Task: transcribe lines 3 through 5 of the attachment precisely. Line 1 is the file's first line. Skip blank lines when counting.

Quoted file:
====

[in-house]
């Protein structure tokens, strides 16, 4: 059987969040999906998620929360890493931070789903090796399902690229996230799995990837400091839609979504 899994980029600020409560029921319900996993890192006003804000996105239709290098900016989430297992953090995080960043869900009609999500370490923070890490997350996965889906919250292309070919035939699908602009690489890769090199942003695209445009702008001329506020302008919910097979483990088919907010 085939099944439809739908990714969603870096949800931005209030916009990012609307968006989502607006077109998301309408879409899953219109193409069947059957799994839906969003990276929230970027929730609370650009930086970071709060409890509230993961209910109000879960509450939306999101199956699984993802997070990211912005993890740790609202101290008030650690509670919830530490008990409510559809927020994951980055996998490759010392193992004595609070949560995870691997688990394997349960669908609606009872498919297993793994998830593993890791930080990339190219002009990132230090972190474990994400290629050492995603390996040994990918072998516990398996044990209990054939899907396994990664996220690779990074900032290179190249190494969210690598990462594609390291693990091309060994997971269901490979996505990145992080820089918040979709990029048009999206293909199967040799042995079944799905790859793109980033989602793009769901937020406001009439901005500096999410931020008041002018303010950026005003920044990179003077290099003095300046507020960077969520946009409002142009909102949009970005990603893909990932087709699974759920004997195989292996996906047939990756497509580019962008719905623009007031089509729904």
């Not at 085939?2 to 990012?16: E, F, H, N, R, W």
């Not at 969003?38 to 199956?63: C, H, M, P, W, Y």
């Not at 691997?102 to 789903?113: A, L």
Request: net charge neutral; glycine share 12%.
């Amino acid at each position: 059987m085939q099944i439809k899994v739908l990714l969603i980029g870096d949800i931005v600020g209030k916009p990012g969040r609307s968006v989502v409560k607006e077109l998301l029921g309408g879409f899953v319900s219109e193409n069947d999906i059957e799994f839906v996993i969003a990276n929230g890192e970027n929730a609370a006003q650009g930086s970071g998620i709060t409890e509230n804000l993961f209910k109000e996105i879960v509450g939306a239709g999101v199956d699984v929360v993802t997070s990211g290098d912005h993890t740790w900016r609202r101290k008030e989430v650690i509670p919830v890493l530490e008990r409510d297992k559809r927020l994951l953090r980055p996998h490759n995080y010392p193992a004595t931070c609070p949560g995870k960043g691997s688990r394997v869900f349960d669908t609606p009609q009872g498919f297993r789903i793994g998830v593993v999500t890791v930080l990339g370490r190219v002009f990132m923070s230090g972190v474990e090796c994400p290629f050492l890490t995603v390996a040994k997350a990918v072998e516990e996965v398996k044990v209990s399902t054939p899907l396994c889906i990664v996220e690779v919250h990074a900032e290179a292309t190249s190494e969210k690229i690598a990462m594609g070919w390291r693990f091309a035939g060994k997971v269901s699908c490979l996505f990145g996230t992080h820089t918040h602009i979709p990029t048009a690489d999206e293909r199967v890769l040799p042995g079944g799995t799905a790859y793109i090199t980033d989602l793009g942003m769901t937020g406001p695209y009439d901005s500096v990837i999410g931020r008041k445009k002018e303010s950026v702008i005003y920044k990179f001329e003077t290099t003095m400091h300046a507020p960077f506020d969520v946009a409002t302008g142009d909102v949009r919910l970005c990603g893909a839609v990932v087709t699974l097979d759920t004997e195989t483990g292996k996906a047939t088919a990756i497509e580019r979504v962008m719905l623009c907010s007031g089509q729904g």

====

């Not at 085939?2 to 990012?16: E, F, H, N, R, W």
């Not at 969003?38 to 199956?63: C, H, M, P, W, Y």
């Not at 691997?102 to 789903?113: A, L």